Posted by Gary Martin on June 17, 2006
In Reply to: CLOSE ENOUGH FOR GOVERNMET WORK and CLOSE ENOUGH FOR JAZZ posted by Smokey Stover on June 16, 2006
: : : : : Dear experts,
: : : : : Would you say that the expressions CLOSE ENOUGH FOR GOVERNMET WORK and CLOSE ENOUGH FOR JAZZ are similar in meaning?
: : : : : Thank you,
: : : : : Yuri
: : : : Yes, almost. They both mean that whatever is being done need not be done especially well, just 'good enough'.
: : : : The motivation is slightly different though. In the jazz version of the phrase the reason for the lack of effort is the laid back and relaxed attitude jazz musicians are reputed to have. In the 'government work' version it's just attributed to a 'couldn't care less' sloppiness.
: : : : Not all jazz musicians like the 'close enough for jazz' term though. I worked with the jazz group Soft Machine way back and it was something that rather annoyed them.
: : : Is the "jazz" version strictly UK? Here on LeftPond, we hear the "government" one frequently ... but the Jazz is new to me. Any other yanks know it?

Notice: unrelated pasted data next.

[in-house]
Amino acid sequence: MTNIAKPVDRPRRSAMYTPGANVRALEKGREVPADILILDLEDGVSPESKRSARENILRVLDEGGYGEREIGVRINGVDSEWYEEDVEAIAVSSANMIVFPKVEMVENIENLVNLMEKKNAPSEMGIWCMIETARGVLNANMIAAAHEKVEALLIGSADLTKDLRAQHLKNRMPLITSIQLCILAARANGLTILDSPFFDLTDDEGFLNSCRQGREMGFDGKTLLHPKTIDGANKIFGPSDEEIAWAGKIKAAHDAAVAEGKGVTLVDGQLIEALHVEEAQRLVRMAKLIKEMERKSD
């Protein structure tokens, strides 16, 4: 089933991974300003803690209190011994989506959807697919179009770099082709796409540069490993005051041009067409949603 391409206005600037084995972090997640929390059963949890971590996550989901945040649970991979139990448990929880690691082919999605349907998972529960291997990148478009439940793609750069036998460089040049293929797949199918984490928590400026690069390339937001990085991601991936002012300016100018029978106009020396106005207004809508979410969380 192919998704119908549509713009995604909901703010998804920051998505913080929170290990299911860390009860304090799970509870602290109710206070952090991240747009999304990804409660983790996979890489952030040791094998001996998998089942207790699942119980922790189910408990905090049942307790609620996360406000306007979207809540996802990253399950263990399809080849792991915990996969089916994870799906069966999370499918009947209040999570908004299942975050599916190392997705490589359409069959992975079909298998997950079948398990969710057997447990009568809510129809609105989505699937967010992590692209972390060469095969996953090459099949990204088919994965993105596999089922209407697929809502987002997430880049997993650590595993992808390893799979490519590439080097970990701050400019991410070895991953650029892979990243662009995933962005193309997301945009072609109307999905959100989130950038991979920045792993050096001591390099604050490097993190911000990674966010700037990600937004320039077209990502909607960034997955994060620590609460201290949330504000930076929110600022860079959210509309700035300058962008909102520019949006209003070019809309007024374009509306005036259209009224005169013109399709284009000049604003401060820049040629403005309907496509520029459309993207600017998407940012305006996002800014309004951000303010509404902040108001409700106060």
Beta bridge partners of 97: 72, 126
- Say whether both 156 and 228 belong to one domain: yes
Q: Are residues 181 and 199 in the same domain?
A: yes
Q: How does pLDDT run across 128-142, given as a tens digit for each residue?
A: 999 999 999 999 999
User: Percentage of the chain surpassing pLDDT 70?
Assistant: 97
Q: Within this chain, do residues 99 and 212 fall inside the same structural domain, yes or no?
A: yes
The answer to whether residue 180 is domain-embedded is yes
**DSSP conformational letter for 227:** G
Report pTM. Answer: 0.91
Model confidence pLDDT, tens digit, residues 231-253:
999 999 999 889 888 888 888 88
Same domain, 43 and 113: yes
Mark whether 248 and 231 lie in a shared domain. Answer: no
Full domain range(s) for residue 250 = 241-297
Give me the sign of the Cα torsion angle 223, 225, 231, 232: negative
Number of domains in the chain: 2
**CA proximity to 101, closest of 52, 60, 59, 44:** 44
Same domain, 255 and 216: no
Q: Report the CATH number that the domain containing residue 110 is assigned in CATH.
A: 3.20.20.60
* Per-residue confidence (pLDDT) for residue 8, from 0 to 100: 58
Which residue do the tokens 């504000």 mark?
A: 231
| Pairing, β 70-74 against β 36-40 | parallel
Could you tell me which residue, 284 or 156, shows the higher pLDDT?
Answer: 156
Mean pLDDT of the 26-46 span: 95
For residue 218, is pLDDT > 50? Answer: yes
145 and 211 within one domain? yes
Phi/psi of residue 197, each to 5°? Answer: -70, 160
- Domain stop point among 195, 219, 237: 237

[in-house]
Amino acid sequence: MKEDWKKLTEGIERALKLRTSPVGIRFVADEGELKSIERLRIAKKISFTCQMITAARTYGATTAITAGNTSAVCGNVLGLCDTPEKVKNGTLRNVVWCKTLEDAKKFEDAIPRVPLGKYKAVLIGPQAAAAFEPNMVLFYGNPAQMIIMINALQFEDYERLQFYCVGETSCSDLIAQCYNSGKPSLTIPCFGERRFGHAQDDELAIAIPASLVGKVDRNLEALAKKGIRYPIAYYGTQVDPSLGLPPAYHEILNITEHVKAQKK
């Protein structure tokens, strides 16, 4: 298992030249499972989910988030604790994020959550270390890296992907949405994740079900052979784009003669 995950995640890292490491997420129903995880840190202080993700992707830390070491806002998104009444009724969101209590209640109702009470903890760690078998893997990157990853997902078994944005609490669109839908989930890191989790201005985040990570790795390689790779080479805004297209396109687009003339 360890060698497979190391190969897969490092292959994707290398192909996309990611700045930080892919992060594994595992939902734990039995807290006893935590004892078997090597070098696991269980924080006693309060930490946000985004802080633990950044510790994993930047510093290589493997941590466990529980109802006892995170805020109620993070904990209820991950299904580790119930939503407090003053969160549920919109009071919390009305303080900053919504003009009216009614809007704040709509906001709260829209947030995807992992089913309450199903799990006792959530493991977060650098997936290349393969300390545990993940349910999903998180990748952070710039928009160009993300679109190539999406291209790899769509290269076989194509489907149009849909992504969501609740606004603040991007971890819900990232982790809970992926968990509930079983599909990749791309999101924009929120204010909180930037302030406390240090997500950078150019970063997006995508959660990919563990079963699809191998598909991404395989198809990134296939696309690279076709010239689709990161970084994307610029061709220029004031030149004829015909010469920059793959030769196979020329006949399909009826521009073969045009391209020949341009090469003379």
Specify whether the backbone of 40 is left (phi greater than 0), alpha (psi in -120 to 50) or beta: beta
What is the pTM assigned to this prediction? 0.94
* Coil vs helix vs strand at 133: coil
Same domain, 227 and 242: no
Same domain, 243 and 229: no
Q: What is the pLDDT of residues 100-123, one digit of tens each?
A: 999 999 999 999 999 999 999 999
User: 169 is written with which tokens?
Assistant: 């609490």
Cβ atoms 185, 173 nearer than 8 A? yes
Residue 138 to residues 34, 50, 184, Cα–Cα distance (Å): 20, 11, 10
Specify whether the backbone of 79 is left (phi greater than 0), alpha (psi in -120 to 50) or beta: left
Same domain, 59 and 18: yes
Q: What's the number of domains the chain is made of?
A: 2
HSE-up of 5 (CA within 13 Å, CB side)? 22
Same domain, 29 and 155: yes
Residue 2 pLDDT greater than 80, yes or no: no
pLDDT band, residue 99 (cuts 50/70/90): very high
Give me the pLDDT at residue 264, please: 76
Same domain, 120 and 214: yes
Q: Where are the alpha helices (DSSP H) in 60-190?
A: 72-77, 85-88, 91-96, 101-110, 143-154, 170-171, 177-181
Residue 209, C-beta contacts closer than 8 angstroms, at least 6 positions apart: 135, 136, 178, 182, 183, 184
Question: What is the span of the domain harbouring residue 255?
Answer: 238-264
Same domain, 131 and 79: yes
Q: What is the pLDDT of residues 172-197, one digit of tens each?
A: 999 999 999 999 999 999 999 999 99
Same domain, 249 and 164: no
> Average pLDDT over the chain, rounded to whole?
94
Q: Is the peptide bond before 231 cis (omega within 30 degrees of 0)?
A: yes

: : Nope. I am familiar with the one about government work (and bitterly resent it) but not the jazz version.
: While "close enough for jazz" sounds disparaging, it really isn't, in my view. The nature of jazz is to improvise on the basis of a known musical core, whether it's a melody or a set of harmonies. If it is TOO close to the original melody or other musical archetype, or too close for too long, it is no longer jazz, it's the original. "Close enough," it seems to me, would be close enough to recognize the musical skeleton behind what's being played, but not so close as to hamper the improvised self-expression at the heart of jazz. SS
Yes, that's probably what was originally meant. Some people interpret it as 'pick any notes you like; who cares?'. That's what my friends didn't care for.